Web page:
MORE than 140,000 people of Malaita province now have improved access to better health services, with the opening of the Kilufi’i Eye and Non Communicable Disease Clinic at Kilufi’i Hospital.
Australian High Commissioner Andrew Byrne, in his first visit to the province this week, officially opened the clinic in a ceremony at Kilufi’i Hospital which was attended by the Premier of Malaita Province, Edwin Suibaea, Provincial Health officials and members of the Auki community.
Speaking at the opening, Mr Byrne said Australia is proud to be supporting Solomon Islands to improve health care for its people.
“Australia is both a friend and partner to Solomon Islands, especially in the area of health,” he said.
“Our support to the Ministry of Health and Medical Services is delivered in partnership with the Ministry and is making a real difference to improving the quality and access to basic health care for all Solomon Islanders.”
“Our support to establish eye clinics across the country is in addition to our substantial assistance to the Solomon Islands Government’s own strategic health plan.”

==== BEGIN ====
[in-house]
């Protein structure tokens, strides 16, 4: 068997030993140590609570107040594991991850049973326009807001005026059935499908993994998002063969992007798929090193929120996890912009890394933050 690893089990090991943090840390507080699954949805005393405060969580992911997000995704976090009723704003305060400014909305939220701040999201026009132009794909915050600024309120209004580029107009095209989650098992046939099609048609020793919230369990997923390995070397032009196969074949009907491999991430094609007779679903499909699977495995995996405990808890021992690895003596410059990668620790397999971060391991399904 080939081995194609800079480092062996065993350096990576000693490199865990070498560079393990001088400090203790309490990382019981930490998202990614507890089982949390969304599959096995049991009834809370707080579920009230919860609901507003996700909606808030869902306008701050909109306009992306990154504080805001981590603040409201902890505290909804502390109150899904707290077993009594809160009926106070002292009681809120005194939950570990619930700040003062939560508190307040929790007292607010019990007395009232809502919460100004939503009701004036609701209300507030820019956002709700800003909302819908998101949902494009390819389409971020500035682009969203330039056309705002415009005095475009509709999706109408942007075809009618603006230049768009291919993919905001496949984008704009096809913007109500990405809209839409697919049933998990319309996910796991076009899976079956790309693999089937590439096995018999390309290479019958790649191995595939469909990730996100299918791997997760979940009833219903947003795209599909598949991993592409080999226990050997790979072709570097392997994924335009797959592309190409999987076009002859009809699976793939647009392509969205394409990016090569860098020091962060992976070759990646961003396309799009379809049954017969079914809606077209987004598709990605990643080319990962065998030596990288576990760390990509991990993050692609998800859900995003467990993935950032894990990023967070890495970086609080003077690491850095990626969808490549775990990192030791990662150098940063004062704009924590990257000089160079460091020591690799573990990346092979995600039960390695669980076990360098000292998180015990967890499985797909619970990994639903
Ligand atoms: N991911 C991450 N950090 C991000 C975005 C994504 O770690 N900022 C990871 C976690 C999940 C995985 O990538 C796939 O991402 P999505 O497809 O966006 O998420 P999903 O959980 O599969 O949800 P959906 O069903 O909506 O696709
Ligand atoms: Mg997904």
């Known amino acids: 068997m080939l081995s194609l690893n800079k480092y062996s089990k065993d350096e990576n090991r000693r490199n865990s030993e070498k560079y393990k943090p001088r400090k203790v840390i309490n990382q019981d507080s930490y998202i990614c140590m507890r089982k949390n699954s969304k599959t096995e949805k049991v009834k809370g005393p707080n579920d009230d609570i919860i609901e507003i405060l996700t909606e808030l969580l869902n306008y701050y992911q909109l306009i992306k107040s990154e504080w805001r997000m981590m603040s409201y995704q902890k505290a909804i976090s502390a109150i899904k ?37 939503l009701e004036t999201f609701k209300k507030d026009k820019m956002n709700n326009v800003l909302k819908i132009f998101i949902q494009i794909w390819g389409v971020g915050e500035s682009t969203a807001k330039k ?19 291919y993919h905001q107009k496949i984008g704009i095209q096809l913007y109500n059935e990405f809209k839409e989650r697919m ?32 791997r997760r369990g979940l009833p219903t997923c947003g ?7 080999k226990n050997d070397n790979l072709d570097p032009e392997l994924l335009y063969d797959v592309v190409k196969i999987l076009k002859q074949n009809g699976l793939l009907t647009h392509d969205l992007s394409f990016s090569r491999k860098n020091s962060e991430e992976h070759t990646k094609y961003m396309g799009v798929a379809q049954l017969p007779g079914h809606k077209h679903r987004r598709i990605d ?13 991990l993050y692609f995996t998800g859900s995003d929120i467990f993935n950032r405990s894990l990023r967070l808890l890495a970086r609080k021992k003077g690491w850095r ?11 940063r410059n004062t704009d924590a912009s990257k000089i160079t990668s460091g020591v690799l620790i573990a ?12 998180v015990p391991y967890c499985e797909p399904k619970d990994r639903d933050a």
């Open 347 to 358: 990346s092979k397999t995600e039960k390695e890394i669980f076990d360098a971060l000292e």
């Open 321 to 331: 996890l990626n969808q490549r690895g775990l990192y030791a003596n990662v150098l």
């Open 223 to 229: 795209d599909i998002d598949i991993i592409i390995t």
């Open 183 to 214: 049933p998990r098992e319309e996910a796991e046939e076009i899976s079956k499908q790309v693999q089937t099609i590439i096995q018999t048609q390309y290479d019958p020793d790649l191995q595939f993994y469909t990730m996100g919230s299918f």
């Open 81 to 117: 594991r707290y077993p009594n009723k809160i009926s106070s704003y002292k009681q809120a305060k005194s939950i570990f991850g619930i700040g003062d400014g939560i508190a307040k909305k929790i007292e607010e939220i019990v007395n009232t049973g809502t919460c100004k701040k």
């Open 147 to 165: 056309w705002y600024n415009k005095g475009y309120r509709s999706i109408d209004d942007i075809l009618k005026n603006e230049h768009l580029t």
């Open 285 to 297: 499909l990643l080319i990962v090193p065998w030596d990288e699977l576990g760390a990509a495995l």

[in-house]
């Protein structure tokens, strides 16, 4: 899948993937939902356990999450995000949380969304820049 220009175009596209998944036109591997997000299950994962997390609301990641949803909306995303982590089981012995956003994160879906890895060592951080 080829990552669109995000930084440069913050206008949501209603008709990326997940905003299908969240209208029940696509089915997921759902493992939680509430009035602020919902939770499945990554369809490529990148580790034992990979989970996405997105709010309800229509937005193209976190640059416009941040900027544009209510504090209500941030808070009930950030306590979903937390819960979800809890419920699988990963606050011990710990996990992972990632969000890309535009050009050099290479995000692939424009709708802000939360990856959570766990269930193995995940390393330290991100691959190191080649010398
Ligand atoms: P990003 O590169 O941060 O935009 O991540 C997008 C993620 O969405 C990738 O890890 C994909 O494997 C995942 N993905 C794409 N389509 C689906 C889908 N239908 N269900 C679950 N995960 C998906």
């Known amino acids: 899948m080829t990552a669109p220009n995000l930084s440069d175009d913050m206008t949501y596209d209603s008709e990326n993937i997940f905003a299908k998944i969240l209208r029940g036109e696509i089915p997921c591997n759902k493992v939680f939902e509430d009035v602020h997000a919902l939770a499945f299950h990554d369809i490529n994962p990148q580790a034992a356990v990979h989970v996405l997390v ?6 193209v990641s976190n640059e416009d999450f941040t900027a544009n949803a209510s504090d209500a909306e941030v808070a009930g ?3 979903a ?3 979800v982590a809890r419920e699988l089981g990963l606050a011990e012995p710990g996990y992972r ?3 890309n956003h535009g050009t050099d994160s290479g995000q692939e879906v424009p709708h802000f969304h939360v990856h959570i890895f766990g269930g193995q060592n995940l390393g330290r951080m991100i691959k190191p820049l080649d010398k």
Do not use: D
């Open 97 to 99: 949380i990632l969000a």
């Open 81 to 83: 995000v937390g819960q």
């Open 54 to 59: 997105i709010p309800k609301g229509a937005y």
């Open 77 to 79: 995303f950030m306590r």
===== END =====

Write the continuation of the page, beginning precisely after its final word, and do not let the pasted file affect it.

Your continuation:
“Our contribution of more than SBD100 million each year assists the Solomon Islands Government to deliver on their commitment to provide good quality basic health care for all Solomon Islanders.”
Funded by the Australian and New Zealand Governments under the Pacific Regional Blindness Program, the new clinic will provide screening and treatment services for patients with eye diseases, as well as education and treatment for patients with non-communicable diseases.
The clinic is the latest addition to the network of Eye and Non Communicable Disease clinics around the country.
Clinics have already opened in Honiara, Gizo and Kirakira and a clinic will soon open in Avu Avu, Guadalcanal Province. Clinics are also planned for Isabel and Temotu Provinces.